Never leave trash outside for more than one day, especially food leftovers. You should also seek to fix any water leaks and cracks in the walls where rats may build their nest. Moreover, store your food properly and, where possible, keep it above the ground.

 

Rats as pets

Obviously, rat pets are smaller species that don’t usually exceed a few inches in length and weigh about 2-3 ounces.

People have only looked into rats as potential pets in the past century, so they are not considered as popular as other animals like cats, dogs or birds.

1895 was the year when the first population of domestic albino rats was created in the United States and it was mainly for scientific studies. Over the years, specialists have noticed the similarities between the human body and that of rats, so they experimented on the animals first.

However, rats continue to be the least demanded rodent species for becoming house pets. Despite their affectionate characters and intelligence, they have a short lifespan of 1-3 years, which doesn’t make them suitable for households with small children. Moreover, they are very fast and can bite, so they need to be handled properly.

On the other side, rats can be easily trained if you have patience. They are loving and can learn new tricks with just a couple of hours of training per day. Rats also have a fantastic memory and are mainly used to test potential cures for all sorts of diseases and affections, including cancer and Alzheimer’s.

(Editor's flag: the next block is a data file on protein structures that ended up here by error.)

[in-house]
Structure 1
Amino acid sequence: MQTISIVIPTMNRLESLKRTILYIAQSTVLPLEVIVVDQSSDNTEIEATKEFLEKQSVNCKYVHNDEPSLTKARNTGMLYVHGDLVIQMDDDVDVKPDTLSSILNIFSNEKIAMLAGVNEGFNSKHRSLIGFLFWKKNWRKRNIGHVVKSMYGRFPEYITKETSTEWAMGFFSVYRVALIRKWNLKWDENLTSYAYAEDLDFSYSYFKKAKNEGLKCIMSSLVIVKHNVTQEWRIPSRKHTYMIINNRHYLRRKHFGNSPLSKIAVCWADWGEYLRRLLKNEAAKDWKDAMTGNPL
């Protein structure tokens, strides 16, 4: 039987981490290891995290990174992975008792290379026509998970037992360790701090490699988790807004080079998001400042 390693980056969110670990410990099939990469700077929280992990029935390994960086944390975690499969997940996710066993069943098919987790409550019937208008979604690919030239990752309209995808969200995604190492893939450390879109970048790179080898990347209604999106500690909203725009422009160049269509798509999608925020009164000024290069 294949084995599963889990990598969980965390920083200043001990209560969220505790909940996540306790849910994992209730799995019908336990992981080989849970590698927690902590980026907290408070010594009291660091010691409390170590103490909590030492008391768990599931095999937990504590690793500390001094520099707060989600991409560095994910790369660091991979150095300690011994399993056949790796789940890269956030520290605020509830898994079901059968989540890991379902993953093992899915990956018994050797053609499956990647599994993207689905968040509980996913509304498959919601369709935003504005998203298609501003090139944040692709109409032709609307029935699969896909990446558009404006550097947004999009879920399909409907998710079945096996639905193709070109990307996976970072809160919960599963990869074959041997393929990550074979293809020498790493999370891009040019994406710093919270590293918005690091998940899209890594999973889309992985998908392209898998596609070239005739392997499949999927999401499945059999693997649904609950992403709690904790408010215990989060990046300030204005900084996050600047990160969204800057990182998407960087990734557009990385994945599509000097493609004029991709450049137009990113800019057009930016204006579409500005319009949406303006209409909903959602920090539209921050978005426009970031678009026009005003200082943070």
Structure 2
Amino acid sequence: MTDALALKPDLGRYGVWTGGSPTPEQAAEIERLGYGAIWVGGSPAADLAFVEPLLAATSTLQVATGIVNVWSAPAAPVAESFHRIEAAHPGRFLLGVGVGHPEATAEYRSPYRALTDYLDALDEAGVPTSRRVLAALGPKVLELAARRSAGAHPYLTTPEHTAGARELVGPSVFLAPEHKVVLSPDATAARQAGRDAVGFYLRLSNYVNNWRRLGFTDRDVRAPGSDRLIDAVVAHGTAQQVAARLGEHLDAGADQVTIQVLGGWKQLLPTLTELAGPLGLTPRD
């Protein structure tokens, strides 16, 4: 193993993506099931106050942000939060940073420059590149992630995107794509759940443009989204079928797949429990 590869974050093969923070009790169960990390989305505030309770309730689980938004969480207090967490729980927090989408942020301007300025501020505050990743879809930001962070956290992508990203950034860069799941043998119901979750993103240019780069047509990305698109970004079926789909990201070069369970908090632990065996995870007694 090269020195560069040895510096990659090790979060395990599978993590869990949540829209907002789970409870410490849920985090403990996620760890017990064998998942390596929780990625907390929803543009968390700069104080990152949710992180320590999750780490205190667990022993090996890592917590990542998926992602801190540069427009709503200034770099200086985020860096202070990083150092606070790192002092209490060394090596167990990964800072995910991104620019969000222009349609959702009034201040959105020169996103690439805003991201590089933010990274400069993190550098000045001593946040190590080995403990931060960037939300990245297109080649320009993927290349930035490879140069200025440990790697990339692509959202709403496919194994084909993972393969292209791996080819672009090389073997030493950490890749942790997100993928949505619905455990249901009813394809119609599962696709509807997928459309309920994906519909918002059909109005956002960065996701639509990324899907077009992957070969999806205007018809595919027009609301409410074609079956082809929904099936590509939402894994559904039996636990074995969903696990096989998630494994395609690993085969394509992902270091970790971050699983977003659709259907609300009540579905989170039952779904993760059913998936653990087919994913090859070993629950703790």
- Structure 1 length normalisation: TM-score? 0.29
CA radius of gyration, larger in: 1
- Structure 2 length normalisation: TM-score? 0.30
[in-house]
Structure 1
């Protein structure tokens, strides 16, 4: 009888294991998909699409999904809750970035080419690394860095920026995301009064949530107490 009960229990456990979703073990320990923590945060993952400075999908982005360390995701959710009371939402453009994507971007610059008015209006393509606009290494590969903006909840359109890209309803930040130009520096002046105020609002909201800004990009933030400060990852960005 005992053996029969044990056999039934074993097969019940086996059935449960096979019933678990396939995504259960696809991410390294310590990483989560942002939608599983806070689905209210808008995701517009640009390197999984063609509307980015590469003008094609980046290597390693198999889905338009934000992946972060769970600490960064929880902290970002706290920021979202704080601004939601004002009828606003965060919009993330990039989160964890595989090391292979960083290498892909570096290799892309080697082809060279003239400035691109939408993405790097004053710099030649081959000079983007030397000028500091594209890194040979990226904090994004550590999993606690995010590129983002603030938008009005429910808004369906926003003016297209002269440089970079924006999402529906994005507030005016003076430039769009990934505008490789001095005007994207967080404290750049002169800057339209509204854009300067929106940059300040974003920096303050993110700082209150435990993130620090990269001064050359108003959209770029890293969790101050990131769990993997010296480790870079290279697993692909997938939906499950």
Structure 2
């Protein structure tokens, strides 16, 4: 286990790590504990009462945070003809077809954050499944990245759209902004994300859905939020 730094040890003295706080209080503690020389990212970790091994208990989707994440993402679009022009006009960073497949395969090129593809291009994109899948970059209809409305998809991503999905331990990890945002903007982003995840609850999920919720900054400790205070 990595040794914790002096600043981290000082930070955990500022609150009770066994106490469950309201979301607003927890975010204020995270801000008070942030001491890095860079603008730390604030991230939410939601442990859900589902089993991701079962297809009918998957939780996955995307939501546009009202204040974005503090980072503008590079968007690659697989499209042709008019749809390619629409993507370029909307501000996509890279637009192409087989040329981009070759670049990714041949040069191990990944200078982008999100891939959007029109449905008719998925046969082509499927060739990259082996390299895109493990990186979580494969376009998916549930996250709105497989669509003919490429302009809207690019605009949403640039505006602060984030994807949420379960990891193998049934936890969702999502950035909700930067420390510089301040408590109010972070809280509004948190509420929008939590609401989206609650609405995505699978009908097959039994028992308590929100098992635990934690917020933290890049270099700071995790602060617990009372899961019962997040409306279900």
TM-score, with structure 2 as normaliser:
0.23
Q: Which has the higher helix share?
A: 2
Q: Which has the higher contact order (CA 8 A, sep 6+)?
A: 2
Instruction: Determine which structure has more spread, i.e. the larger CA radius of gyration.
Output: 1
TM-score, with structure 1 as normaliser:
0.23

Rats and the spread of diseases

One of the main concerns regarding the population of rats is the animal’s ability to spread diseases. They serve as zoonotic vectors for the spread of various pathogens that lead to severe and deadly diseases, including leptospirosis and bubonic plague.

Although eradicated, the bubonic plague, which was responsible for the Black Death or the Great Plague, represented one of the most devastating pandemics in the entire world, with severe implications in Europe. It peaked in the old continent in the 14th century and was responsible for the death of more than 200 million people.

The Black Plague is believed to have traveled to Europe from Central Asia and killed up to 60% of Europe’s total population. The disease recurred as outbreaks until the 19th century and was spread due to precarious personal hygiene.

One common belief is that one of the deadliest diseases in the world was somehow connected to a Papal bull of Gregory IX, the ruler of the Catholic Church in the 13th century, and one of the most influential people at the time.

The “Vox in Roma”, issued somewhere between 1232 and 1234 caused a big fuss amongst Christians who were eager to get rid of heretics and everything that was considered “demonic” and black magic, including evil creatures like black cats. The following years are thought to have drastically diminished the population of cats throughout Europe, which led to the increasing number of rats, disease carrying-animals.

It is because of this uncontrolled rat breeding that Europe dealt with its biggest epidemics of the bubonic plague, killing millions of people. However, the story seems to leave aside various historical facts and stretches the importance of cats in killing rats, remaining a vague attempt to justify the spread of this deadly disease.

Nevertheless, rats continue to pose a threat to humans, as they are disease-carriers and crop pests.